"I'll tell you a secret, Bredon. Grown-up people don't always know everything, though they try to pretend they do. That is called 'prestige,' and is responsible for most of the wars that devastate the continent of Europe."

Or the Middle East, one might add. I don't mean to make light of the tragedy that has been unfolding in Syria, but Sayers's observation -- in the voice of Lord Peter -- has always struck me as of considerable relevance to contemporary foreign policy-making, especially in the credibility-obsessed USA.

Kenneth Sorensen said...

Proponents of war use to refer to Syria as a signatory of the Geneva Protocol of 1925, which bans chemical weapons. But it deals only with chemical weapons used externally, it simply doesn’t mention chemical weapons used inside your own country. Then it can be argued that a consensus has emerged since the mid 90′s that “it also covers CW used internally” (see some lawyers debating it here: http://www.vertic.org/pages/posts/syria-international-law-and-the-use-of-chemical-weapons-345.php), but it is important to remember that there is no legal text which states that it is banned to use them inside your own country.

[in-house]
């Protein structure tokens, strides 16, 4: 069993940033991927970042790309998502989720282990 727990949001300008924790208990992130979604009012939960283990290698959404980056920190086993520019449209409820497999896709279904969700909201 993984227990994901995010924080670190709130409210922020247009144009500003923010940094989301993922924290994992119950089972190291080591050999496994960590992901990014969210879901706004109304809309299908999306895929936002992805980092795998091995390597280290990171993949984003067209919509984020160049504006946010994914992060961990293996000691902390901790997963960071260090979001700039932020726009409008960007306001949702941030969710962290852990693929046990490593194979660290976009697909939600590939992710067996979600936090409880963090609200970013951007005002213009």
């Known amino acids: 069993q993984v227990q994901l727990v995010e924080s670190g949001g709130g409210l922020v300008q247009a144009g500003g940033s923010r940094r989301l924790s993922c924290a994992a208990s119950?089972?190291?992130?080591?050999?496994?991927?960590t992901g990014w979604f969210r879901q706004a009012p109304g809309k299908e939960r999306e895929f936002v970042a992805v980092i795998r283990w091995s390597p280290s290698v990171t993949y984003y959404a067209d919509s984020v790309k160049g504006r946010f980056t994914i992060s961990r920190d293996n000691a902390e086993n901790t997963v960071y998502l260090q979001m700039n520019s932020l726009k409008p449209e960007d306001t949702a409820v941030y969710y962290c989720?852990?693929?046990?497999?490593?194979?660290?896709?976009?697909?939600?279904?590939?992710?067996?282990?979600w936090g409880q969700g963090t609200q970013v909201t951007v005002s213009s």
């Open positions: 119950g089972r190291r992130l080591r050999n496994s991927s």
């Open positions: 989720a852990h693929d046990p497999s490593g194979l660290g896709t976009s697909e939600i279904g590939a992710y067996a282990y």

So it is a little rich to be willing to bomb a country in defense of “a norm”, which isn’t written down anywhere.[and ironic if the bombs used for the intervention is more deadly than the CW's, which latter actually are very crude weapons and difficult to use on the battlefield] Indeed as John Mearsheimer says in this interview from Aug. 28, that's why Obama always talks about ‘norms’:

Money quotation:
JOHN MEARSHEIMER: The Arab League has not sanctioned an attack. You can’t get Security Council approval. The Russians and the Chinese will veto it. And, in fact, if we do go to war, it will not be a legal war. This is why President Obama talked about norms ad nauseam in his comments and didn’t talk about international law, because he knows he can’t do this legally.

Mearsheimer continues: